To illustrate Jacobsen’s Ant chairs with a picture of the later and rather less delicate Series Seven range is a bit odd, but anyone can pick holes. All in all, this is a very good run-down of domestic design and you can have fun checking off the things you own yourself: I’ve so far clocked the Jacobsen chairs, the Eileen Gray E1027 side table, the Russell Hobbs K2 kettle, the Dyson Dual Cyclone DC02 stairhugger, the Swatch, the Philippe Starck Miss Sissi lamps, and something else I’ve forgotten already. Oh yes, the cardboard egg box. My, this book is making me feel so GOOOOOD!

Hang on, though. All this domestic stuff – what about offices? Is not office working the other great development of the 20th century? Feverishly I flick through. At least there’s George Nelson’s 1964 Action Office furniture for Herman Miller. Do you count Norman Foster’s Nomos furniture as office kit? Up to a point. In the Interiors section there’s Gaetano Pesce’s colour-saturated Chiat Day offices in New York. There’s Frank Lloyd Wright’s Johnson Wax building, and a couple of others. In the Communication section there’s the usual two iconic typewriters and a light sprinkling of computers. Not too bad, but not too good either. To have a very predictable architecture section with all the usual suspects is one thing – there is Foster in Hong Kong, there is Rogers at Lloyd’s – but then to omit Herman Hertzberger’s 1972 Centraal Beheer office building, which transformed office working methods, and to pass over the whole post war science of brolandschaft, is quixotic to say the least.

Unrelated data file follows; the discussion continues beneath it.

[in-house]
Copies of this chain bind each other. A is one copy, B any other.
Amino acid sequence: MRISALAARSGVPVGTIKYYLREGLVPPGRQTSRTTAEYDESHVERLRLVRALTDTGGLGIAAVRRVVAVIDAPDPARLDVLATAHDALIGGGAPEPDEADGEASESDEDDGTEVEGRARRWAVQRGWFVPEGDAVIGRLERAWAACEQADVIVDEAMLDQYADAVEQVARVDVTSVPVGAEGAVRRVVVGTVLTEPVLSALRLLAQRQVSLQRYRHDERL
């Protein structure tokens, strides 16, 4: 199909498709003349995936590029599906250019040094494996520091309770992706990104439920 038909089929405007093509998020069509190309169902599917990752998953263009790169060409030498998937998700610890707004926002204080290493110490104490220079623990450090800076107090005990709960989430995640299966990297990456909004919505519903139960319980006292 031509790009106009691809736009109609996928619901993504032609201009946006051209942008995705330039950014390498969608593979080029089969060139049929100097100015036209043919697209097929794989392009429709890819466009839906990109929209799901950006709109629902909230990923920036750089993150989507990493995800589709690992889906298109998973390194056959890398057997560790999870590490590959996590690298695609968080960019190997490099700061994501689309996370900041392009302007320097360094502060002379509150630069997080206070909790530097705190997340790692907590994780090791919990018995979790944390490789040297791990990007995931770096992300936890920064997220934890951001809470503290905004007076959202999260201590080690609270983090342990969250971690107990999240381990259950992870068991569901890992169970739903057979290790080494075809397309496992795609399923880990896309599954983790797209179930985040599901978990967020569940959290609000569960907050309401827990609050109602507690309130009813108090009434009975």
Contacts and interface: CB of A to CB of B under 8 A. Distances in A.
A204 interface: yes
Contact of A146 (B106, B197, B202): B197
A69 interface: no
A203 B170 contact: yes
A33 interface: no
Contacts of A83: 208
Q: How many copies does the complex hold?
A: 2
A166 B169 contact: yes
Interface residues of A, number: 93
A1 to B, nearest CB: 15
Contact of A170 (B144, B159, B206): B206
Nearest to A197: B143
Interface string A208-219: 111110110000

So – not too good on offices. As for industry, well, forget it. This is a book with manufactured things in it, not a book which wants to lift the veil on the breakthroughs in how those things are made. I would have thought a car-making robot might have sneaked in there, or maybe some cunning device from the oil or nuclear industries, but, you guessed it, no.

So there we are. The book is fine so far as it goes, but it is almost entirely consumer-led. The true history of 20th century design still remains to be written, as long as commissioning organisations such as the Design Museum insist on regarding it as being principally a branch of retailing. I’m not sure, looking back on the great design century, just how well an Armani suit should score alongside – oh, I don’t know. How about an aqualung. Or a portable chemotherapy pack. Or even a bazooka.

The Design Museum Book of 20th Century Design, by Catherine McDermott, priced 25 hardback, Carlton Books.